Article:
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Issue #2002 - 40 (October 2002)
(Updated Oct. 22, 2002)


Free Space Optics (FSO) - a Wireless Fiber Alternative for Broadband Communications. 

Fiber is indisputably the most effective infrastructure for Gigabit Ethernet transmissions, in terms of speed, security and reliability. However, where fiber infrastructure does not exist, it is costly and time-consuming to install. 

Quick Deployment of Massive Bandwidth:  Also dubbed wireless optical networking or wireless fiber, free space optics (FSO) is used by enterprises to transmit data via laser at speeds of up to 2.5 Gbps in point-to-point or, in the near future, point-to-multipoint topologies. In addition to its high bandwidth capacity, advantages of this broadband technology include fast deployment (within a matter of days) and low cost, with very low capital expenses. There is no need to apply for and wait to receive licenses, as none are required for FSO frequencies. The fiber link can connect the node to any type of backbone, such as ATM and IP.

RAD is one of the vendors supplying FSO-capable  equipment. RAD's ACE family of ATM network termination devices features a wide variety of user interfaces, for connecting to any type of user equipment to the optical network. For Ethernet networks, RAD's IPmux family of TDM over IP (TDMoIP) gateways extends E1/T1 circuits over IP-based networks, enabling connection of the customer's legacy PBX over the Ethernet network, maintaining all existing customer equipment and telephony features.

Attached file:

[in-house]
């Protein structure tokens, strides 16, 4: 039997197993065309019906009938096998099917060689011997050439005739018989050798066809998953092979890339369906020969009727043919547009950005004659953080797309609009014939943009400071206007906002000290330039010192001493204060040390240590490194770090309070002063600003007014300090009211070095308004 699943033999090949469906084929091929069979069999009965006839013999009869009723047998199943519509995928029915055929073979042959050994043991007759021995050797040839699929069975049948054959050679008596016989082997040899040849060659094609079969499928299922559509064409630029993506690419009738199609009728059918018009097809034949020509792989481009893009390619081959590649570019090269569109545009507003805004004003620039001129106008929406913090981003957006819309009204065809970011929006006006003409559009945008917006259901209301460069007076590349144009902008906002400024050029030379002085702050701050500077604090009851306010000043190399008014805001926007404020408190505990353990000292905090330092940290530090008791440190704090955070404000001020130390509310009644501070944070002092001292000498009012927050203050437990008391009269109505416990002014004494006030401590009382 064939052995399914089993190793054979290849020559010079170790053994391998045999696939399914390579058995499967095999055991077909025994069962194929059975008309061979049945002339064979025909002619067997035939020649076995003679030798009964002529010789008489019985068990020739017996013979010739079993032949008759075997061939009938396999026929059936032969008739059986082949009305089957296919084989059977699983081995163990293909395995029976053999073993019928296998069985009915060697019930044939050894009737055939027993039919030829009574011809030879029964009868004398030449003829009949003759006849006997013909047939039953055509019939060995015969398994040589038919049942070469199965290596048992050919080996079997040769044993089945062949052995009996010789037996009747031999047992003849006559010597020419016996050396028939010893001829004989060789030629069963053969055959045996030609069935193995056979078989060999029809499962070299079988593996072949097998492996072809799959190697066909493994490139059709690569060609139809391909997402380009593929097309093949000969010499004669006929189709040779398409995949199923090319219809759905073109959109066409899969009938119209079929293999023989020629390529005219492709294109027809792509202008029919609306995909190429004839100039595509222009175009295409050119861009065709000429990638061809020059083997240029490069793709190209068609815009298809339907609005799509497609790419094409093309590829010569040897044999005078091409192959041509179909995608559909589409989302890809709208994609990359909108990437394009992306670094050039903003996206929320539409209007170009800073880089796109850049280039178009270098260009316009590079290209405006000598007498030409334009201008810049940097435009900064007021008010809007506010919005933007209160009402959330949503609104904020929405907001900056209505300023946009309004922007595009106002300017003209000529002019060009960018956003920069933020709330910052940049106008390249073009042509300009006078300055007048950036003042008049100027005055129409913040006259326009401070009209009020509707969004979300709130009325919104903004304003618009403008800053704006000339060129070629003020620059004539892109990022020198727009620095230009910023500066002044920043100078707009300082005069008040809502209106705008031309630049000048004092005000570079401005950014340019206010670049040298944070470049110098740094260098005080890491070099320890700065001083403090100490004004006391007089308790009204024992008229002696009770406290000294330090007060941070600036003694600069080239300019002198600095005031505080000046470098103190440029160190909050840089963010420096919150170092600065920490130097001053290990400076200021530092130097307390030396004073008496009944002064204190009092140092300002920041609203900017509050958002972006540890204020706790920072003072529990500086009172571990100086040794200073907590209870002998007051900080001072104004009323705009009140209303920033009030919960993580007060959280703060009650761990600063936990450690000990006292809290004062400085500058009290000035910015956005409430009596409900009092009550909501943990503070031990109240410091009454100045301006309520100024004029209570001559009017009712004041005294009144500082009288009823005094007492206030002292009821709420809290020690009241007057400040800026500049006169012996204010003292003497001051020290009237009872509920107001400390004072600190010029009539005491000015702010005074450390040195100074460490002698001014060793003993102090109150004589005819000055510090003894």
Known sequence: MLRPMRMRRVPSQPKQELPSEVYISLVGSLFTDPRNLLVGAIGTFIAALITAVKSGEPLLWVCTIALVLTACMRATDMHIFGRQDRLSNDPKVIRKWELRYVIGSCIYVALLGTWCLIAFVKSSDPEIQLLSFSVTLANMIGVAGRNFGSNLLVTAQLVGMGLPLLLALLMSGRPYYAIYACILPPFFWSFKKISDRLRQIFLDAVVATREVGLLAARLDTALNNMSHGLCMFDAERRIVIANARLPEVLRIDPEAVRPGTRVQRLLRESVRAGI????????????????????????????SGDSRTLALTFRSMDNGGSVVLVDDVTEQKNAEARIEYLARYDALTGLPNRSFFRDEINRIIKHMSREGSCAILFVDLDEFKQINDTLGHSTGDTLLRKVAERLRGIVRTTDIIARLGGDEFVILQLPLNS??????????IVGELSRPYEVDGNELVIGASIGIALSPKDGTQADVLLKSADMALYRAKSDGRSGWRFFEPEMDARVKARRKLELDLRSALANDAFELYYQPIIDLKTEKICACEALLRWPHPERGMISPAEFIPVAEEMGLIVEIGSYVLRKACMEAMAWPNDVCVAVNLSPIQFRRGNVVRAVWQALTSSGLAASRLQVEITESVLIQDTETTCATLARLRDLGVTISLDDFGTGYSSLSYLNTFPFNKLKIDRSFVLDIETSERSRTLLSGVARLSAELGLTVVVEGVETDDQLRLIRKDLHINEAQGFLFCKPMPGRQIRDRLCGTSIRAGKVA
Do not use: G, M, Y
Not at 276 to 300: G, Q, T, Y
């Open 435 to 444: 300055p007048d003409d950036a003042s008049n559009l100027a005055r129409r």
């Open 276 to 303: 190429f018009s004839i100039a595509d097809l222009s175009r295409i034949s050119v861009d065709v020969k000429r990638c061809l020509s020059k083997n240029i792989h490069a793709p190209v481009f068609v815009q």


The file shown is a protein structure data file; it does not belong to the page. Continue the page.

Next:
Common Applications: FSO can be used as the main infrastructure or as a backup path in case the fiber network is cut or damaged in some way. An important application for FSO is disaster recovery, as evidenced in the aftermath of the September 11 tragedy. When the fiber infrastructure was knocked out, many businesses employed FSO to connect their offices to the networks in buildings in their line-of-sight. Rockefeller Group Telecommunications Services, for example, used FSO connected to RAD's IPmux TDM over IP gateway, to provide fast telephone connectivity to relocated users over Ethernet, connecting them to a working PBX in another building. 

FSO is also used to complement existing networks to increase their range and capacity. There is reasonable interoperability between major FSO equipment vendors, including RAD, Lightpointe, Terabeam, Optical Access, fSONA and Canobeam.

Enterprises considering FSO should bear in mind that there are several limitations to this technology. Laser transmissions require a line-of-site between nodes. (Strategically placed mirrors can be used if no line-of-site exists.) Although theoretically FSO can operate at distances of up to 2 km/1.2 miles, in practice it is effective for distances of less than 1 km/.6 miles. For these reasons, FSO is used primarily in dense urban areas to provide point-to-point campus connectivity or broadband Last Mile service. The most serious impediment to widespread use of FSO is caused by weather conditions, especially fog. The small moisture particles scatter the light beam, thereby interrupting the optical transmission. 

For more information: www.freespaceoptic.com and www.rad.com

MobileInfo Comments and Advisory: FSO will become more common place technology especially with multipoint capability. While fiber will rule for capacity, reliability and security, FSO is an alternative that may be cheaper and a good alternative in metropolitan area network applications. 

Note: This news release may contain forward-looking statements. Readers should take appropriate caution in developing plans utilizing these products, services and technology architectures.  All trademarks used in this summary are the property of their respective owners.

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